In the Lyme Light
Ashley Bono â€™09 is trying to take the bite out of tick-borne diseases
Ashley Bono â€™09 fell in love with bacteria in a sophomore introductory microbiology course. As a senior, she put her fascination to work on a capstone project funded by a Commonwealth College Honors Research Grant. She studied the causes of Lyme disease and other tick-borne bacterial illnesses.
Working in the Fernald Hall lab of entomology professor Stephen Rich, Bono analyzed the gene sequences of the bacteria associated with deer ticks and studied how the bacteria affect the tick life cycle.
â€śBacteria are everywhere and theyâ€™re amazing,â€ť Bono says. â€śWhenever we think they canâ€™t live somewhere or do something, it turns out they can. Some of them can even eat metal!â€ť
As a Commonwealth College scholar, she didnâ€™t have to wait for graduate school to conduct high-level research. She received a $1,000 research grant for lab equipment and supplies from the honors college. â€śI have a whole lot of gene sequencing to do and it can get expensive,â€ť she says.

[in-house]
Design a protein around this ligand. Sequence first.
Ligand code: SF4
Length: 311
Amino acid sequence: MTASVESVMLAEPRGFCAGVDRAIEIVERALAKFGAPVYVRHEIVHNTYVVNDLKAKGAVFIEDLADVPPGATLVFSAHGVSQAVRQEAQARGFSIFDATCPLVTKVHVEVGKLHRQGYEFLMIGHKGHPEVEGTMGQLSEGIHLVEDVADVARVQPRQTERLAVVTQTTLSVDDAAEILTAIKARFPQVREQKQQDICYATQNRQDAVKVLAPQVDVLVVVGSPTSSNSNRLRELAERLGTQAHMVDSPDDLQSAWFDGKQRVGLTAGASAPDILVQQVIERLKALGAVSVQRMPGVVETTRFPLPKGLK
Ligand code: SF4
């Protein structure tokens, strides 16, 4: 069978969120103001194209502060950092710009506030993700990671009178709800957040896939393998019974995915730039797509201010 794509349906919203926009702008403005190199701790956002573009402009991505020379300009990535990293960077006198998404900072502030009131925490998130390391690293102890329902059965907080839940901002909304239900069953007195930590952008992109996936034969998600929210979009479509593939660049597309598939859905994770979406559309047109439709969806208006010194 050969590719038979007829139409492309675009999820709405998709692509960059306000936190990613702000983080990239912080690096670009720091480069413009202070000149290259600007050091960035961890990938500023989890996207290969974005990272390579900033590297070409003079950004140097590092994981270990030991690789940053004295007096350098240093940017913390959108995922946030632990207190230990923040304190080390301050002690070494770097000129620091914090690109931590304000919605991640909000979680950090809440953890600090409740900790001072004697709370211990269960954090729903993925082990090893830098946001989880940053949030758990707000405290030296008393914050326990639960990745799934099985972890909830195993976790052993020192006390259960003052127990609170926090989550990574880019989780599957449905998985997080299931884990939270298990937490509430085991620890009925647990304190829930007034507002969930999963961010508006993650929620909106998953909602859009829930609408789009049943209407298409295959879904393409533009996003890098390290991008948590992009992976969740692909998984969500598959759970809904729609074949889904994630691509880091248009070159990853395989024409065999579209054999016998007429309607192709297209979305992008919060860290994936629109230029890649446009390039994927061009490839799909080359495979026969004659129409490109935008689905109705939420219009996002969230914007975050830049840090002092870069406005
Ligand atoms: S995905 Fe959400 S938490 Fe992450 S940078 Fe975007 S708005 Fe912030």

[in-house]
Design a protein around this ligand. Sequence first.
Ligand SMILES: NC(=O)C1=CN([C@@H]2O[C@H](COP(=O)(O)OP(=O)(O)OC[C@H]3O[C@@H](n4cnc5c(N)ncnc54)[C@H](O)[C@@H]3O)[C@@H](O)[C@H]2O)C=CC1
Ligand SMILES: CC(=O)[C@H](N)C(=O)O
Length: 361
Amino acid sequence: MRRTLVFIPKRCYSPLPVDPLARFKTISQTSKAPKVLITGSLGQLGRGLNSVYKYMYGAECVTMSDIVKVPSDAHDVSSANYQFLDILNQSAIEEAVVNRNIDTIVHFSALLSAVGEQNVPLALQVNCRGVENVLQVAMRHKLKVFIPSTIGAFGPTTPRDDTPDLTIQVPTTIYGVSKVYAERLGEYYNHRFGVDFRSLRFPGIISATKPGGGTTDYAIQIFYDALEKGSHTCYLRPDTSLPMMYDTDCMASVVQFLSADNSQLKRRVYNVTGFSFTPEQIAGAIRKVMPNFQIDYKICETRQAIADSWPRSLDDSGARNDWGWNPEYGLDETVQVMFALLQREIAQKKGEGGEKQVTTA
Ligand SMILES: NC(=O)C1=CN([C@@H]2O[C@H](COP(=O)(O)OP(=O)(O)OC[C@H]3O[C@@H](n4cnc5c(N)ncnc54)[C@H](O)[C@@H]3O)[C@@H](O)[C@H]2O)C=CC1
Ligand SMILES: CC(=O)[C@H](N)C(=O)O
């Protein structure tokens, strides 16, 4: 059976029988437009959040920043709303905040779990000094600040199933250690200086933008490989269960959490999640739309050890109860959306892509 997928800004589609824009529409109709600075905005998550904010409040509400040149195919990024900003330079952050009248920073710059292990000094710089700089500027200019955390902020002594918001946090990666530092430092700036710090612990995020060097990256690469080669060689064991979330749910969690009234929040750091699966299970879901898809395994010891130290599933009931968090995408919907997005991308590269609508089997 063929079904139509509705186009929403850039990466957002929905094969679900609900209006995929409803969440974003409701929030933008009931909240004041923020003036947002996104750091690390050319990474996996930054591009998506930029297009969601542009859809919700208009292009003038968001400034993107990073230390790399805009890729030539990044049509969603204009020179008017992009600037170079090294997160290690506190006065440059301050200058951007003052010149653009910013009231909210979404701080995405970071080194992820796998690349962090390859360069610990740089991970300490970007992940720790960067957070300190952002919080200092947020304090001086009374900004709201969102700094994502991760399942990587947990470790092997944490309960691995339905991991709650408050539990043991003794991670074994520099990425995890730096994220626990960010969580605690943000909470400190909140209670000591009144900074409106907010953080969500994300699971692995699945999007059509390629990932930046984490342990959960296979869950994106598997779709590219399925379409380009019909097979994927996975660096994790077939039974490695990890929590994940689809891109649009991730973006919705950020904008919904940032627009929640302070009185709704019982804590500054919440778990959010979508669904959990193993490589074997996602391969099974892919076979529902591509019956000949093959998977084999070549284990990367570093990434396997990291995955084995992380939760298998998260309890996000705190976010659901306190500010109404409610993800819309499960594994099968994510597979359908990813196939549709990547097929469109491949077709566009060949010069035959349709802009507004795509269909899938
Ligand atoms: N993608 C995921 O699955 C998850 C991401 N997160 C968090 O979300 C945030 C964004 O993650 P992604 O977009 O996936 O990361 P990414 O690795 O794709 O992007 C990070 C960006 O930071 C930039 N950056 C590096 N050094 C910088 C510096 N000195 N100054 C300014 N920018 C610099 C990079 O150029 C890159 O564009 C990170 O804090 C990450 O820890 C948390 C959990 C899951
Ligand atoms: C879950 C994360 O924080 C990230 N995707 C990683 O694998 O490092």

Commonwealth College, which is celebrating its 10th anniversary this year, has long promoted student research. Original research in the form of a capstone project is a graduation requirement. Bono was one of 37 students who received Honors Research Grants in the 2008-09 academic year. She is presenting her project with an oral defense in the spring at the Commonwealth College-sponsored statewide conference on undergraduate research.
Bonoâ€™s project may help scientists figure out how Lyme (one of the fastest-growing infectious diseases in the United States) and other tick-borne illnesses are spread. â€śIf weâ€™re lucky,â€ť she says, â€śweâ€™ll find something that will help us better understand the means of Lyme disease transmission.â€ť